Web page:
Richly detailed, judicious, thorough and timely,is a primer on how to evaluate this policy -- and all public policies -- in a highly partisan, polarized, paralyzed political climate.
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Review of Money Well Spent? The Truth Behind the Trillion Dollar Stimulus, The Biggest Economic Recovery Plan in History. By Michael Grabell. PublicAffairs. 416 pp. $27.99

Totaling 1,071 pages, the $787 billion American Recovery and Reinvestment Act of 2009 contained money for a wide array of projects designed to increase consumer spending through tax cuts, food stamps, and unemployment checks; provide resources to allow states to retain teachers, policemen and firemen; fund "shovel ready" infrastructure initiatives to repair roads, bridges, and airports; and make new investments in wind farms, electric cars, solar panels, broad band for the Internet, and high speed railroads to make America more competitive.

Passed by Congress with virtually no support from Republicans, the stimulus package has been subjected to withering criticism. In two reports, Senator Tom Coburn (R-Oklahoma) lambasted it as a porkfest, full of wasteful and silly expenditures. St. Joseph, Mo., Coburn indicated, was spending $100,000 on Brazilian steakhouses and a martini bar. Two universities in Arizona had received almost $1 million to study ants. The legislation, the New York Post sneered, was funding a "bacchanalia of behavioral sex research" on such topics as the impact of integral yoga on hot flashes. Sharon Angle, a Tea Party candidate for the U.S. Senate in Nevada in 2010, went after drug addiction research that relied on "coked up stimulus monkeys." And Mitt Romney, the likely Republican nominee for president in 2012, has declared that the stimulus package has pushed the economy deeper into the abyss.

In Money Well Spent?, Michael Grabell, a reporter for ProPublica, a non-profit news organization, analyzes the impact of the stimulus package. Richly detailed, judicious, thorough and timely, his book is a primer on how to evaluate this policy -- and all public policies -- in a highly partisan, polarized, paralyzed political climate.

Grabell points out that it is easy -- and misleading -- to generalize from one or two or 12 projects that seem ill-advised. Even evidence of fraud should be put in perspective. According to the Association of Certified Fraud Examiners, public and private organizations in the United States, on average, lose about seven percent of their annual revenues to fraud. For the stimulus package that meant about $55 billion.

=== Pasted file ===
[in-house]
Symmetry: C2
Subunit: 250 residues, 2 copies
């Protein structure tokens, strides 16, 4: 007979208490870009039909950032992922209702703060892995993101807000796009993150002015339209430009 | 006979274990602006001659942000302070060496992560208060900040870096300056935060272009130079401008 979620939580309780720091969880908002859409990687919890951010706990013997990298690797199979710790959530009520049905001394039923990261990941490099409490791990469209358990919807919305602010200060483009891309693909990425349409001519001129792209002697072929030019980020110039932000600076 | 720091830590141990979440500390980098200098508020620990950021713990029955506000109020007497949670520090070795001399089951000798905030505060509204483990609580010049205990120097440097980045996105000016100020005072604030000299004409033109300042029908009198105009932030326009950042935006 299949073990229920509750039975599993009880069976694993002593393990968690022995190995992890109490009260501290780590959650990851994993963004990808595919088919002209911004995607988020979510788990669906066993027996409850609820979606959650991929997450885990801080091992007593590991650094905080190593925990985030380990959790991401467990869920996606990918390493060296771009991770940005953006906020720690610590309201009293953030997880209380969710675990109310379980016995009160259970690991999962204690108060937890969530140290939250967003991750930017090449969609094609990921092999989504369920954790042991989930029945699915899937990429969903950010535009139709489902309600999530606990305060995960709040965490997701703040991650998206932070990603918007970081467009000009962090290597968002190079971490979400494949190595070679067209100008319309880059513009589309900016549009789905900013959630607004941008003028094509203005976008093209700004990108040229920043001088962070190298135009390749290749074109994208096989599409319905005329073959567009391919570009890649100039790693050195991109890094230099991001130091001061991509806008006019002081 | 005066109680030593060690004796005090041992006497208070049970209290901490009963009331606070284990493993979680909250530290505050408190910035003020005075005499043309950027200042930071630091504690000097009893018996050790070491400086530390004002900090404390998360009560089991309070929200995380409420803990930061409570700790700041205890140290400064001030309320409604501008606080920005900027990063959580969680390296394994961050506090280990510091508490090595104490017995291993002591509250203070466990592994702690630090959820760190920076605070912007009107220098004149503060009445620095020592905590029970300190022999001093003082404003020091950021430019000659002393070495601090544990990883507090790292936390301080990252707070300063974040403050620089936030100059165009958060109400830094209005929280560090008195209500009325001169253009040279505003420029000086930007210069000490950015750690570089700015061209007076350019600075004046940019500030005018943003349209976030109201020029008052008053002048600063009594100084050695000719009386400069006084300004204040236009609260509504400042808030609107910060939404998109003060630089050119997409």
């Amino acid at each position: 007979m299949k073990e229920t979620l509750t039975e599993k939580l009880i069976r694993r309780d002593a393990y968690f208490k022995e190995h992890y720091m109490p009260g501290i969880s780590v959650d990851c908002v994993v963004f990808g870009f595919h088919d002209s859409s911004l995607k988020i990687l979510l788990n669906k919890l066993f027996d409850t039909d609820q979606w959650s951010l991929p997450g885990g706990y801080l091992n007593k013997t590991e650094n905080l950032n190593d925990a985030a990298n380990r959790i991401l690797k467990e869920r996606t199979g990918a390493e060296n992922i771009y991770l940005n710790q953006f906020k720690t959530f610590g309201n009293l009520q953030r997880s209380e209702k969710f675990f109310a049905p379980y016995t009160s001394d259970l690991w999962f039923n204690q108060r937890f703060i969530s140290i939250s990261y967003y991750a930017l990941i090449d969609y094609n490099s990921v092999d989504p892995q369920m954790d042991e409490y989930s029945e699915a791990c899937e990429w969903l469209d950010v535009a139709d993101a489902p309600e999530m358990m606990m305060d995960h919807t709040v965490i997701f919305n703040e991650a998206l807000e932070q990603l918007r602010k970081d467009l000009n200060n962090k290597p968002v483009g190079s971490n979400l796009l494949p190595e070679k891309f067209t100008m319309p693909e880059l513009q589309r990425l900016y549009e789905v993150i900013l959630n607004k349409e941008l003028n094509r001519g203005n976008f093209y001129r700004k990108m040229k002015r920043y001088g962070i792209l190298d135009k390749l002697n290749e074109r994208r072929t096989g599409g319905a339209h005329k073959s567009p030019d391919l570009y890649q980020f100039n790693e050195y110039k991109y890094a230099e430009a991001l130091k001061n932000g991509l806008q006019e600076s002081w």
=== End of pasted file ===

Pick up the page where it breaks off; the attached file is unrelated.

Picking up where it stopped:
And so, far more important than the $25,000 that was squandered by the Guam Council on the Arts and Humanities on making coconut candy for a dance festival is the overall evaluation of economists Alan Blinder and Mark Zandi (both of whom have worked for Republicans as well as Democrats) that the TARP bank bailout, Federal Reserve Policy and the American Recovery and Reinvestment Act staved off a Great Depression. If policymakers had not acted as aggressively as they did, Blinder and Zandi added, the nation might have lost an additional 8.5 million jobs, bringing unemployment to 16.5 percent.

The Obama Administration failed, dismally, to persuade the public of these benefits. An assumption made by the president's economic advisers turned out to be fatal. Although they should have known better (In This Time Is Different, Kenneth Rogoff and Carmen Reinhart drew on eight centuries of "financial folly" to demonstrate that employment lags as economies rebound very slowly from recessions and depressions caused by the collapse of financial institutions), they predicted that if the stimulus plan passed Congress, the unemployment rate would not exceed eight percent -- and posted a graph making this very claim online. In June 2010 Vice President Biden promised a "jobs summer."

The Republicans pounced, Grabell notes, and the American Recovery and Reinvestment Act (unlike the New Deal's WPA, under which the government paid workers directly and could count jobs) became "a Rorschach test of amorphous programs on which critics of all stripes could project their dissatisfaction with government and politics in general." As it collapsed into bankruptcy, Solyndra, the solar panel manufacturer, became a poster boy for stimulus package cronyism, corruption, and incompetence.

For all his vaunted rhetorical skills, President Obama never used the bully pulpit to frame the issue. He might have been more realistic about the depths of the crisis -- and the time it would take to climb out of it. As Grabell suggests, he might have told Americans early in 2009 that to promote a fuller and faster recovery, a package of $1.2 trillion was needed -- but Republicans would not support it. And he might have reconsidered moving on to health care reform, which seemed to signal a shift in emphasis from recovery to reform -- and forced him to spend virtually all his political capital.

Obama's stimulus package, Grabell concludes, was not sufficient to jump start the American economy, but was "just enough" to enable Republicans to claim "we tried that already" and that the government has no substantive role to play in promoting growth or protecting individuals ravaged by the recession. For all his good intentions and for all that he has done, it may turn out that in November 2012 the occupant of 1600 Pennsylvania Avenue shares the fate of many homeowners: eviction.

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